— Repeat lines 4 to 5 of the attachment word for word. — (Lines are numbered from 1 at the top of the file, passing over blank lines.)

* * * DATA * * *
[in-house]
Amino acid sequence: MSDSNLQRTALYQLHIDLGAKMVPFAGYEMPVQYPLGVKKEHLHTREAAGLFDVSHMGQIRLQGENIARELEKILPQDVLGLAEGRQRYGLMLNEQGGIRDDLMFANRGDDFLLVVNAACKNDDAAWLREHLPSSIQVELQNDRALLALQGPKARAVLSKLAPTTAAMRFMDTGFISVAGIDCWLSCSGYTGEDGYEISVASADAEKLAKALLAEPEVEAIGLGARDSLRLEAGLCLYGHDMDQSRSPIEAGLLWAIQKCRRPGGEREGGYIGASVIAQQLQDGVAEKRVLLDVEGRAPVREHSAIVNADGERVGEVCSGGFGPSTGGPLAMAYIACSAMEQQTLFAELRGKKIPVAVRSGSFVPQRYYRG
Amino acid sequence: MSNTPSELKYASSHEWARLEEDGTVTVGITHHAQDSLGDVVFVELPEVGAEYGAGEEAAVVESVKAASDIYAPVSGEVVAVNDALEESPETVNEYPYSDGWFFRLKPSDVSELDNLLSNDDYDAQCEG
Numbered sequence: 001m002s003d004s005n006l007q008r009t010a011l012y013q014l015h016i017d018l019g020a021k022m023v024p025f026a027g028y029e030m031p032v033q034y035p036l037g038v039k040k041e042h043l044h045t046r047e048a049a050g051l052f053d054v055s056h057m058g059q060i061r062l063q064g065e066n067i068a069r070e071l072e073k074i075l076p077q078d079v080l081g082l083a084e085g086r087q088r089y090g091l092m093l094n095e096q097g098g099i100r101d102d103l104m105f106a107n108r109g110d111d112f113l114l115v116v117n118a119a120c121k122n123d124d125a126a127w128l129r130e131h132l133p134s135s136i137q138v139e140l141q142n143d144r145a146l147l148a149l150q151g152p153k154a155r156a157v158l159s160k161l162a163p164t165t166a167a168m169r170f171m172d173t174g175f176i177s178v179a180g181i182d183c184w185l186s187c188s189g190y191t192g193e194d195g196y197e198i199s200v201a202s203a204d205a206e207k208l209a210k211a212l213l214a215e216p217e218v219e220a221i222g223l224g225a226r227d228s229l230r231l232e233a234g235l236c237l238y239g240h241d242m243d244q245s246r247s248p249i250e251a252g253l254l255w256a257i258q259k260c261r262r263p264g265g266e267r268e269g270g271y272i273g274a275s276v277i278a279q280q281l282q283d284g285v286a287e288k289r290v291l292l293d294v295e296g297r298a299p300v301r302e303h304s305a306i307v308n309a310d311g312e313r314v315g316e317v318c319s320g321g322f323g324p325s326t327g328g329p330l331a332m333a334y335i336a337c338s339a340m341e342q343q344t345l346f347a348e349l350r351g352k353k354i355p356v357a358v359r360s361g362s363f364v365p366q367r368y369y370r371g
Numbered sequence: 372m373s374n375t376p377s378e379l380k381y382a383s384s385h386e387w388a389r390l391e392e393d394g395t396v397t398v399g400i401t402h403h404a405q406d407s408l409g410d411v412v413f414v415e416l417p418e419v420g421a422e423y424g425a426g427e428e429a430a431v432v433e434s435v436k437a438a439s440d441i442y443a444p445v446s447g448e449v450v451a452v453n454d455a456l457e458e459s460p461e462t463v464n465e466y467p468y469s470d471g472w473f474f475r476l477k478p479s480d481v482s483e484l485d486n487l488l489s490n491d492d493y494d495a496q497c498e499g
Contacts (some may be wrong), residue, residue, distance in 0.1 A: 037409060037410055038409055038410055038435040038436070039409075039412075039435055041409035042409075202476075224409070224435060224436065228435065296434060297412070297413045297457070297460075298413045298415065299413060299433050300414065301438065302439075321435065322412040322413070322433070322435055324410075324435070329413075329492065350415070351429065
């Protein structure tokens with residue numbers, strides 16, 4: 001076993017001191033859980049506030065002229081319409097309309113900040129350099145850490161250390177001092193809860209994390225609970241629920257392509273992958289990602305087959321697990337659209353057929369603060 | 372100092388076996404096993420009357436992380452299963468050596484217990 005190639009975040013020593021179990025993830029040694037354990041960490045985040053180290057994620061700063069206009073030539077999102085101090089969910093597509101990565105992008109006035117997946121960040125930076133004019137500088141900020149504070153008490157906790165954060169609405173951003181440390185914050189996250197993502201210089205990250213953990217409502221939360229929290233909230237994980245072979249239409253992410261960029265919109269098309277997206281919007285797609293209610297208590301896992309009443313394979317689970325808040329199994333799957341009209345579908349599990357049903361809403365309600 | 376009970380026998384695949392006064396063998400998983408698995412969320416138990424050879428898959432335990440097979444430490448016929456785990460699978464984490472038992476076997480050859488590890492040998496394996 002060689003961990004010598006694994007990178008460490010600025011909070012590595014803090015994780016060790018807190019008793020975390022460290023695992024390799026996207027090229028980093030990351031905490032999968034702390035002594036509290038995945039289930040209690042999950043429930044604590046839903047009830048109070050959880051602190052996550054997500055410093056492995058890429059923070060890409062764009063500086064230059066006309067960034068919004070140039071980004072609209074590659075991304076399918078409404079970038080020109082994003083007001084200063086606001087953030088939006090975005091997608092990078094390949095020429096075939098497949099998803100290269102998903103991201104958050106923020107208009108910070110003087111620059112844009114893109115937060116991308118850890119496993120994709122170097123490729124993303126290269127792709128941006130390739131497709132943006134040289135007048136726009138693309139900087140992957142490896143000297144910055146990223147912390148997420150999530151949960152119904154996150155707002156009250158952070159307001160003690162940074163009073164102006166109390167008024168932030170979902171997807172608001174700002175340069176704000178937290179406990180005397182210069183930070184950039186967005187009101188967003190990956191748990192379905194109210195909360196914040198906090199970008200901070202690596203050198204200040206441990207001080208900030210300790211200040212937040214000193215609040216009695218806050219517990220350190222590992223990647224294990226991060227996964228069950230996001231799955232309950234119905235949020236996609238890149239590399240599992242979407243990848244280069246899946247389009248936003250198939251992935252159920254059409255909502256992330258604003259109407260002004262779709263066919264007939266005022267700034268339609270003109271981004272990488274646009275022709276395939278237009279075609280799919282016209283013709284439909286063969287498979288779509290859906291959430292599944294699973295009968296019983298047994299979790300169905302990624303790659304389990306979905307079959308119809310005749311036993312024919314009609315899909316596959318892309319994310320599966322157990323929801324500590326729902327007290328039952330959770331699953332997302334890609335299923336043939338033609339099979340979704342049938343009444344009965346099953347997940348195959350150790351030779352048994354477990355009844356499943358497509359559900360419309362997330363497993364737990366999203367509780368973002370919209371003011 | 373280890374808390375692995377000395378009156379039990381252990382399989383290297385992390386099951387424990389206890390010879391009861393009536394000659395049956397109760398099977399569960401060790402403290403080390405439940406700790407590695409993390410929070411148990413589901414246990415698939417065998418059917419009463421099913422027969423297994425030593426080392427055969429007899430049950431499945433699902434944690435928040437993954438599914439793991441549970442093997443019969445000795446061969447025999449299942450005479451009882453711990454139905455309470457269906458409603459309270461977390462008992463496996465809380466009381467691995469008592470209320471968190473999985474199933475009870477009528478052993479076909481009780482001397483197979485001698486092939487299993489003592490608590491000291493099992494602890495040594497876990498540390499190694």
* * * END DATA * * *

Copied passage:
Numbered sequence: 001m002s003d004s005n006l007q008r009t010a011l012y013q014l015h016i017d018l019g020a021k022m023v024p025f026a027g028y029e030m031p032v033q034y035p036l037g038v039k040k041e042h043l044h045t046r047e048a049a050g051l052f053d054v055s056h057m058g059q060i061r062l063q064g065e066n067i068a069r070e071l072e073k074i075l076p077q078d079v080l081g082l083a084e085g086r087q088r089y090g091l092m093l094n095e096q097g098g099i100r101d102d103l104m105f106a107n108r109g110d111d112f113l114l115v116v117n118a119a120c121k122n123d124d125a126a127w128l129r130e131h132l133p134s135s136i137q138v139e140l141q142n143d144r145a146l147l148a149l150q151g152p153k154a155r156a157v158l159s160k161l162a163p164t165t166a167a168m169r170f171m172d173t174g175f176i177s178v179a180g181i182d183c184w185l186s187c188s189g190y191t192g193e194d195g196y197e198i199s200v201a202s203a204d205a206e207k208l209a210k211a212l213l214a215e216p217e218v219e220a221i222g223l224g225a226r227d228s229l230r231l232e233a234g235l236c237l238y239g240h241d242m243d244q245s246r247s248p249i250e251a252g253l254l255w256a257i258q259k260c261r262r263p264g265g266e267r268e269g270g271y272i273g274a275s276v277i278a279q280q281l282q283d284g285v286a287e288k289r290v291l292l293d294v295e296g297r298a299p300v301r302e303h304s305a306i307v308n309a310d311g312e313r314v315g316e317v318c319s320g321g322f323g324p325s326t327g328g329p330l331a332m333a334y335i336a337c338s339a340m341e342q343q344t345l346f347a348e349l350r351g352k353k354i355p356v357a358v359r360s361g362s363f364v365p366q367r368y369y370r371g
Numbered sequence: 372m373s374n375t376p377s378e379l380k381y382a383s384s385h386e387w388a389r390l391e392e393d394g395t396v397t398v399g400i401t402h403h404a405q406d407s408l409g410d411v412v413f414v415e416l417p418e419v420g421a422e423y424g425a426g427e428e429a430a431v432v433e434s435v436k437a438a439s440d441i442y443a444p445v446s447g448e449v450v451a452v453n454d455a456l457e458e459s460p461e462t463v464n465e466y467p468y469s470d471g472w473f474f475r476l477k478p479s480d481v482s483e484l485d486n487l488l489s490n491d492d493y494d495a496q497c498e499g